I ended up exhanging words with Jonny Nexus about his book I reviewed a couple of days ago. Negative reviews are never nice, so I wouldn’t have faulted him if he’d written a savage reply – as it was, Jonny had some reasonable points that I should clarify for the interested folks, myself included.
I also invited Jonny to set us up with some links to alternative reviews of the book that provide different viewpoints. I understand that the book has garnered some rather positive reviews from different quarters, so I encourage anybody who finds the idea of a rpg parody novel attractive to look for those and not trust in just my viewpoint.
How Gamenight ended up in my hands
I just reread my description of how I ended up reading Gamenight – I’ve been told by both Jonny and others that the segue to the review proper might be interpreted in some weird way as hinting something uncomplimentary about the author’s motivations in giving us the book. Being that we compared our experienced with Jonny and now know the truth, there’s little reason to not clarify: apparently the reason for us getting a complementary copy of the book was that a mutual acquaintance had suggested to Jonny that we might be interested in retailing the book in Finland, which had inspired Jonny to ask for an introduction so he could give us a review copy. When we actually met, both parties quickly realized that there was little grounds for cooperation, but as Jonny didn’t know whether the word had already leaked that he intented to give us a review copy, he felt that it would be discourteous to back off at that point – meanwhile at least I didn’t know that our short meeting had been planned earlier, so I was left mystified at Jonny’s move in giving us the book without any notable provocation – Arkenstone is an insignificant player in the retail business, the only reason somebody would give us a complementary copy of a novel would be because they’ve grossly and embarrasingly misunderstood what we do.
Understandably I was a bit confused by the whole event, but I wanted to answer a good deed in kind, which led to the review I wrote earlier. Jonny wasn’t very happy with me representing the review as some sort of favour, which is fine – I decided to write the review before I read the book, and I’m just not the sort to censor my own output. In practice I certainly hope that my review, as all publicity, helps the book garner more attention in the marketplace as well as a clearer profile – people who’d otherwise have never heard of the book will get to know of it, and perhaps buy it. All publicity helps in a product finding its correct position in the market place, which is a benefit for everybody in the long run, the author included. That’s what I’ve been taught about culture industry in this information age, anyway.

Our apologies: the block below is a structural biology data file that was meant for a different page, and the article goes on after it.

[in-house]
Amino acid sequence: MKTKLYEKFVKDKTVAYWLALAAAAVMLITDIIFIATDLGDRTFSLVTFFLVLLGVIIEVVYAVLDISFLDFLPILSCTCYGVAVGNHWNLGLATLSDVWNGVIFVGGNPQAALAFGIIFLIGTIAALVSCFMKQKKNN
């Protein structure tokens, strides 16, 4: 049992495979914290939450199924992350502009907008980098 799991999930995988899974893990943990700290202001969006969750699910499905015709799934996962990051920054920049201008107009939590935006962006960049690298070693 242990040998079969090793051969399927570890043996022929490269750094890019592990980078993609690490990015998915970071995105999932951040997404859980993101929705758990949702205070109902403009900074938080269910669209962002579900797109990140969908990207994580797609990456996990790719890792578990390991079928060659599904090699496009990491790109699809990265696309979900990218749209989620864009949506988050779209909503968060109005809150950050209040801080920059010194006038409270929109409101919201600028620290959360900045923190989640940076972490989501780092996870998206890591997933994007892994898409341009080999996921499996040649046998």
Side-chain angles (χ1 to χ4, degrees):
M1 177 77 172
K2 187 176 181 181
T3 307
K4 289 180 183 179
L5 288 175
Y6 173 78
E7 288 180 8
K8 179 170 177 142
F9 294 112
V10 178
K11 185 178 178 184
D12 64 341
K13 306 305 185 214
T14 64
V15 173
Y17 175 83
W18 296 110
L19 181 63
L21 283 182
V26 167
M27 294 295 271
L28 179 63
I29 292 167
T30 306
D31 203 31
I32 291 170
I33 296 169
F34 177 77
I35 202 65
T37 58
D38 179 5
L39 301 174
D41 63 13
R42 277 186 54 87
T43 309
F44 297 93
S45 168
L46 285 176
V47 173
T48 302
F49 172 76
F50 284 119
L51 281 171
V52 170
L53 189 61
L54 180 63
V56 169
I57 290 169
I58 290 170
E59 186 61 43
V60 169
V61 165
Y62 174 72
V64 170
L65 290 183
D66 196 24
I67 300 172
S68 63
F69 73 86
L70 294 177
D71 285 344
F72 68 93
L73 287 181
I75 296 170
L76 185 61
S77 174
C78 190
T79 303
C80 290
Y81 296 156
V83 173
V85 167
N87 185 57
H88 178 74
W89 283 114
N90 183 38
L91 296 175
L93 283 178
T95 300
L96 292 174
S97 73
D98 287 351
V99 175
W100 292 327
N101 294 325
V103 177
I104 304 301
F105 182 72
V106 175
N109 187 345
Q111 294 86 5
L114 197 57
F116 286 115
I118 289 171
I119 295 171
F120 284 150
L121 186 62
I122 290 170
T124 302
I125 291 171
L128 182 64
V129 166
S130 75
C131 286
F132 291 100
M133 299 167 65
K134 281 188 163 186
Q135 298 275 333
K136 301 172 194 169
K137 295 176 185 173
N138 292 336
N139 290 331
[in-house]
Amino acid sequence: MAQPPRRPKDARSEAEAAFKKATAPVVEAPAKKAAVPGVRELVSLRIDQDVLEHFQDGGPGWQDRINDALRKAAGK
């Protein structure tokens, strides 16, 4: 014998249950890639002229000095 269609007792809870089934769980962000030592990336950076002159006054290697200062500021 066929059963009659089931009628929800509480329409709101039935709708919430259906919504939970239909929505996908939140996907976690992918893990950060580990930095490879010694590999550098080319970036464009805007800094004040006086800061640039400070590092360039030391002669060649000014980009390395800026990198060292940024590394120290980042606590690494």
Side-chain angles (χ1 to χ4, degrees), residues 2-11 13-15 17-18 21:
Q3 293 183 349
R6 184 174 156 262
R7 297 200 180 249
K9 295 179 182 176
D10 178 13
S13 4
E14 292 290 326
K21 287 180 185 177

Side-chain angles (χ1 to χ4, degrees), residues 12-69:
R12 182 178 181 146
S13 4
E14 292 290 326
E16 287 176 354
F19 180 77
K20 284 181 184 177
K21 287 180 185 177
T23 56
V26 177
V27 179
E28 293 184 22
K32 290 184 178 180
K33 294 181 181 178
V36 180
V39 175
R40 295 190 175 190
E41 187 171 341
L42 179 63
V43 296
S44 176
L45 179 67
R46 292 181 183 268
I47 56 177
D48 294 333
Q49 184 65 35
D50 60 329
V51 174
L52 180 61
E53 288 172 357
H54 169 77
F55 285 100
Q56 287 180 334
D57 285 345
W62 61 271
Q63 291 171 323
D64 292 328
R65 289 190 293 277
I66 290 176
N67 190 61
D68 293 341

Although I said earlier that Gamenight is self-published, Jonny tells me that his relationship with the publishing house is actually contractual. My mistake, I assumed too much based on the webpages of the publisher and the active hand Jonny takes in marketing the book.
Jonny has apparently made a name for himself in the gaming field by writing the sort of gaming humour Gamenight represents, so I hope nobody took my general speculation about this genre as implying anything about Jonny, specifically. I still think myself that we, as participants in the rpg culture, should take a long hard look at why rpg comedy always seems to consist of cruel parodies of old-school dungeoneering; however, if you like that sort of thing, that’s not only OK in my books, but I also hope that you’ll like Gamenight – its writing style is fluid, a bit like young Terry Pratchett, and I’m sure that if you don’t think that this sort of thing is old hat, you’ll enjoy the book quite well. My brother Markku did, I understand.
A bit of review philosophy
A little parting thought about reviews and stuff: Jonny was perplexed at why I revealed the ending to his book for no apparent reason at all. Reading over the text I think I know why it seems strange to him – I write, as a rule, from the perspective of criticism when reviewing, not marketing. The reason I work over the ending of the book in such detail is that I’m trying to understand what the theme of the book might be. Clearly there is something happening in Gamenight in those last few pages, but I can’t off-hand say what that something is. Either Jonny is giving us rpg advice (that’s what I’d expect, personally; why else depict his characters in such damning light, if not to provide catharsis and some sort of answer at the end?) or he’s resolving some character drama. Both are a bit puzzling as far as interpreting the book goes, for the reasons I explain in the review.